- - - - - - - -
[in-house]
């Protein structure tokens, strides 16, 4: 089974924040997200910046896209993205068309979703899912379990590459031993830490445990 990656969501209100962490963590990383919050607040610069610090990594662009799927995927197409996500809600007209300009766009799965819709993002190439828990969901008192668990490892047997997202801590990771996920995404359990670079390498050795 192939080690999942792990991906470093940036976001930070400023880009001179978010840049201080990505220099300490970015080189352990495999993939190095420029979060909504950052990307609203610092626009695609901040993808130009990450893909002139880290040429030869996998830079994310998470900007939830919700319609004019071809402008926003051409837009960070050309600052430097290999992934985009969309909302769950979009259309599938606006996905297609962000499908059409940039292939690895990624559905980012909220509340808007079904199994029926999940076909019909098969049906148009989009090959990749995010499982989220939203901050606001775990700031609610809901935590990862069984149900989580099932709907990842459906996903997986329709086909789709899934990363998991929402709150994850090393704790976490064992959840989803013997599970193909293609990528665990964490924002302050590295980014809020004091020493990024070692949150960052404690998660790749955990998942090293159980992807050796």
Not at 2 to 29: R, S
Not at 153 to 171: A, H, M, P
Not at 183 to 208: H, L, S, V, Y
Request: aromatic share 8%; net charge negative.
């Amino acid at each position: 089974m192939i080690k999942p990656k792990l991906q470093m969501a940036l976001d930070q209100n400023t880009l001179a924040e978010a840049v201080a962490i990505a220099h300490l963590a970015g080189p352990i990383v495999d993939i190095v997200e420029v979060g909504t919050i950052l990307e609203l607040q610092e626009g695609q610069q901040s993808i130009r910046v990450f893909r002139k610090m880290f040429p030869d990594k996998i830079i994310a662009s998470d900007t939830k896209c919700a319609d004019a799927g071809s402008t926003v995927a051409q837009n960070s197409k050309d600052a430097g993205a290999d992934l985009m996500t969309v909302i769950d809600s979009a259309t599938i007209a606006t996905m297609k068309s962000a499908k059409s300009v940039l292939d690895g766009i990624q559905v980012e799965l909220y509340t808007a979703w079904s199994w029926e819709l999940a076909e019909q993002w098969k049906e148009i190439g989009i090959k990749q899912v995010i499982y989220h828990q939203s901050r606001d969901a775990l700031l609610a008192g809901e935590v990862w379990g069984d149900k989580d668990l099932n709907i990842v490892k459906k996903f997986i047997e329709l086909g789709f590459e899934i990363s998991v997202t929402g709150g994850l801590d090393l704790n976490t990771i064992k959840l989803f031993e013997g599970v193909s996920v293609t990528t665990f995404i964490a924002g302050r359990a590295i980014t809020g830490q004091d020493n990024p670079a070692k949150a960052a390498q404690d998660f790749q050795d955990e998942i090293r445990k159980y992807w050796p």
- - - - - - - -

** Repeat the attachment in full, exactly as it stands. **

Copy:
[in-house]
């Protein structure tokens, strides 16, 4: 089974924040997200910046896209993205068309979703899912379990590459031993830490445990 990656969501209100962490963590990383919050607040610069610090990594662009799927995927197409996500809600007209300009766009799965819709993002190439828990969901008192668990490892047997997202801590990771996920995404359990670079390498050795 192939080690999942792990991906470093940036976001930070400023880009001179978010840049201080990505220099300490970015080189352990495999993939190095420029979060909504950052990307609203610092626009695609901040993808130009990450893909002139880290040429030869996998830079994310998470900007939830919700319609004019071809402008926003051409837009960070050309600052430097290999992934985009969309909302769950979009259309599938606006996905297609962000499908059409940039292939690895990624559905980012909220509340808007079904199994029926999940076909019909098969049906148009989009090959990749995010499982989220939203901050606001775990700031609610809901935590990862069984149900989580099932709907990842459906996903997986329709086909789709899934990363998991929402709150994850090393704790976490064992959840989803013997599970193909293609990528665990964490924002302050590295980014809020004091020493990024070692949150960052404690998660790749955990998942090293159980992807050796």
Not at 2 to 29: R, S
Not at 153 to 171: A, H, M, P
Not at 183 to 208: H, L, S, V, Y
Request: aromatic share 8%; net charge negative.
């Amino acid at each position: 089974m192939i080690k999942p990656k792990l991906q470093m969501a940036l976001d930070q209100n400023t880009l001179a924040e978010a840049v201080a962490i990505a220099h300490l963590a970015g080189p352990i990383v495999d993939i190095v997200e420029v979060g909504t919050i950052l990307e609203l607040q610092e626009g695609q610069q901040s993808i130009r910046v990450f893909r002139k610090m880290f040429p030869d990594k996998i830079i994310a662009s998470d900007t939830k896209c919700a319609d004019a799927g071809s402008t926003v995927a051409q837009n960070s197409k050309d600052a430097g993205a290999d992934l985009m996500t969309v909302i769950d809600s979009a259309t599938i007209a606006t996905m297609k068309s962000a499908k059409s300009v940039l292939d690895g766009i990624q559905v980012e799965l909220y509340t808007a979703w079904s199994w029926e819709l999940a076909e019909q993002w098969k049906e148009i190439g989009i090959k990749q899912v995010i499982y989220h828990q939203s901050r606001d969901a775990l700031l609610a008192g809901e935590v990862w379990g069984d149900k989580d668990l099932n709907i990842v490892k459906k996903f997986i047997e329709l086909g789709f590459e899934i990363s998991v997202t929402g709150g994850l801590d090393l704790n976490t990771i064992k959840l989803f031993e013997g599970v193909s996920v293609t990528t665990f995404i964490a924002g302050r359990a590295i980014t809020g830490q004091d020493n990024p670079a070692k949150a960052a390498q404690d998660f790749q050795d955990e998942i090293r445990k159980y992807w050796p």